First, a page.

What's a great day until you write about it? A great day no one has read about. I just made that one up (with my remaining energy).
Today was truly fantastic. I'm in Copenhagen this week, my wrist and shoulder hurt from typing all day, and I still want to write this to get it up there in the cloud-thing. It all started with some green juice at Kaffestuen Vesterbro this morning. I've been going there each morning to chat with one of the baristas, one of the first people I met in Copenhagen. She's been a super helpful suggester-of-places-to-caffeinate. And one always needs such a human in their lives.
After a bit of work and some writing for my weekly team update, I walked across town to Prolog, a small coffee shop and roaster recommended by the folks at Democratic Coffee. I met the two guys who started it and chatted with them a bit about the World Barista Championship results, Noma, the fanciest restaurant in Scandinavia, and their wonderful Honduras espresso. I also had way too much coffee, but that's how good days start.
Next up, I grabbed a train to Nørrebro and walked to the aforementioned Democratic Coffee. It's a unique place, appearing as a coffee shop but with one door leading into a public library. I got a small lunch — what one might call affordable — and continued the day's work for a few hours. Then I had the big event of the day, meeting up with Michael Flarup, the fantastic guy who designed this site's logo.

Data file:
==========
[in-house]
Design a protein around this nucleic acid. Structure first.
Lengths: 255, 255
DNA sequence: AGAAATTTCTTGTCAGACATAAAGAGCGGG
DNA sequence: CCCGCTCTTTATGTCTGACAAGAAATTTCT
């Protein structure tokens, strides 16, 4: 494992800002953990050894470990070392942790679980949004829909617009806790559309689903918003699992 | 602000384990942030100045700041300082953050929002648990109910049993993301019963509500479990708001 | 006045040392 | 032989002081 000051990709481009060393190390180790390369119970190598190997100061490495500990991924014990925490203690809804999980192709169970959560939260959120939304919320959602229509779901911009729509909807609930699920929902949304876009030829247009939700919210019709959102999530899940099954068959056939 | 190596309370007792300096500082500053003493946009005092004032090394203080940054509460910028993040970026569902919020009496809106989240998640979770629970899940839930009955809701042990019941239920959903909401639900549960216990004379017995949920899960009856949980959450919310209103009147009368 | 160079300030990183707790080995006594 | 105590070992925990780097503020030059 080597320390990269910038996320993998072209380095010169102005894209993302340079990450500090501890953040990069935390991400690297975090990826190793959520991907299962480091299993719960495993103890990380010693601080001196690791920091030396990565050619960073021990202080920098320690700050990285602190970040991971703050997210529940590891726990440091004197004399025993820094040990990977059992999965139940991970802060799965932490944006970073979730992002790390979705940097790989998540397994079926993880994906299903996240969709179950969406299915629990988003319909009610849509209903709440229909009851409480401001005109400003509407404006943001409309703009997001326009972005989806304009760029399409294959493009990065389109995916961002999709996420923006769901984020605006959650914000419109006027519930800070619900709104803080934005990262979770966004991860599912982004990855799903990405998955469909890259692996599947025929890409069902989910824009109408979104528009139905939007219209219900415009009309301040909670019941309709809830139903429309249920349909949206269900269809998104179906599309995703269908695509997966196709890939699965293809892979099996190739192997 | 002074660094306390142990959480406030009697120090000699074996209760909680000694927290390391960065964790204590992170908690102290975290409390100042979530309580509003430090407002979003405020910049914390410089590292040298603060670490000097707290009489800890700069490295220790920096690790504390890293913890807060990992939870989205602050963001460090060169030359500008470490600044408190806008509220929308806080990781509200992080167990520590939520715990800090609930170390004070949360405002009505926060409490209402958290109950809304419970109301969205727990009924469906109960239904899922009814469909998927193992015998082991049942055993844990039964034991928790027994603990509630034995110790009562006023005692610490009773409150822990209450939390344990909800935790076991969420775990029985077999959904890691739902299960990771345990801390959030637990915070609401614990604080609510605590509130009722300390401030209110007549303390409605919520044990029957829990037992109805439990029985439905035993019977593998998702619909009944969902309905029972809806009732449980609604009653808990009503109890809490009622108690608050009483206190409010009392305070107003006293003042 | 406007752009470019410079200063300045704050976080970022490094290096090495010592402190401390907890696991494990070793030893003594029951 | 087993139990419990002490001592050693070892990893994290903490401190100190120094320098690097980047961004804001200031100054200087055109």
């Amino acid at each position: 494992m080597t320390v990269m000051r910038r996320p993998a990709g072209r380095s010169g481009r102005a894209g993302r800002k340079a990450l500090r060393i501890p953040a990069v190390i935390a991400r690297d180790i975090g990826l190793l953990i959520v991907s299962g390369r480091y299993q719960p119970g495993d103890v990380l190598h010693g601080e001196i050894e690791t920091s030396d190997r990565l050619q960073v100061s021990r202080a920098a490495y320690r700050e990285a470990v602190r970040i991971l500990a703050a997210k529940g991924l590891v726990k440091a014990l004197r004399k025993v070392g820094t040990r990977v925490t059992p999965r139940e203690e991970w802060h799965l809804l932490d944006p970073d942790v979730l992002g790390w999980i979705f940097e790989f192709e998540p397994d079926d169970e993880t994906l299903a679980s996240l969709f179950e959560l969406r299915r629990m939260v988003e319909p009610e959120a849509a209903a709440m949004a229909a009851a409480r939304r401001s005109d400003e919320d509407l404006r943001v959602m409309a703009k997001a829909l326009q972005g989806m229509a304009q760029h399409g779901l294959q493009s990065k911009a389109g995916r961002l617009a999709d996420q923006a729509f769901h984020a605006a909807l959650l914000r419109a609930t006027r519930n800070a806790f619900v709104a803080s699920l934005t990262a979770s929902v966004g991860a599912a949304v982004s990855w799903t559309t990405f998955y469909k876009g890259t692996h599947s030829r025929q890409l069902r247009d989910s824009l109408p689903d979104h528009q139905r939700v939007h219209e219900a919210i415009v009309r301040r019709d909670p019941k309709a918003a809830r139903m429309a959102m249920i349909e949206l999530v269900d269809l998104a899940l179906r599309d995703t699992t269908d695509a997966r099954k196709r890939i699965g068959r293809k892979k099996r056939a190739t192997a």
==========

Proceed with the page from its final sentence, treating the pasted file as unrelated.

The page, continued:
For a little bit this afternoon, Michael and I got to chat about non-political things. I told him a bit about my mission in traveling, which seems to change pretty often. He inspired me to keep pushing it and keep creating constantly. I miss having people telling me that kind of stuff, because after a while you need to hear that creative behavior is appreciated and your job is not all that counts. Then of course we also made our way to some politics and got stuck there for a little too long, so we diverted to talking about stickers and the ergonomics of Apple's new wireless keyboard.
Of course the day wasn't over. I headed to Republikken to finish up work, only to discover they closed in 30 minutes, at 4pm. As I was leaving, the guy across from me was packing up so I remarked sarcastically, "Just gotta wrap up this ticket, and the next 400." He laughed and said, "It's always the next one." I instantly knew he was American, as one does when one travels abroad as a fellow American. Since we were both leaving around the same time, we started chatting. He's from San Francisco, and he's a designer. He's traveling a lot like me, looking for local experiences rather than ordinary ones.
Then off we went to a bar, which was the one I'd been to the night before. So I suggested food and we went to Dyrehaven, which, yes, has a logo using a typeface you'd see in a D&D game. My Airbnb host suggested it for food and a hangout place. It turned out to be fantastic as well. We spent a few hours there, discussed photography a bit, and decided to go shoot photos on the street ... until that didn't work, because the street was poorly lit. So Jeff and I went back to Dyrehaven, he collected his bike, we walked to a parting place, and said good night so I could finish up work for the evening. He has a long walk with someone from Tinder tomorrow so he needs to sleep.
I'm missing some details of the day, like the messages I need to reply to and why my posture has declined in the past few months but today was amazing to say the least. It's why I travel. I meet random people everywhere I go. When I arrived in Copenhagen, I commented on someone's tattoo on the metro and we talked the rest of the ride. People stared. They always stare. But it was fun and I got to talk to make someone laugh a bit, so I'm happy.
At this point, it's time for sleep. I'll see you again soon, I promise.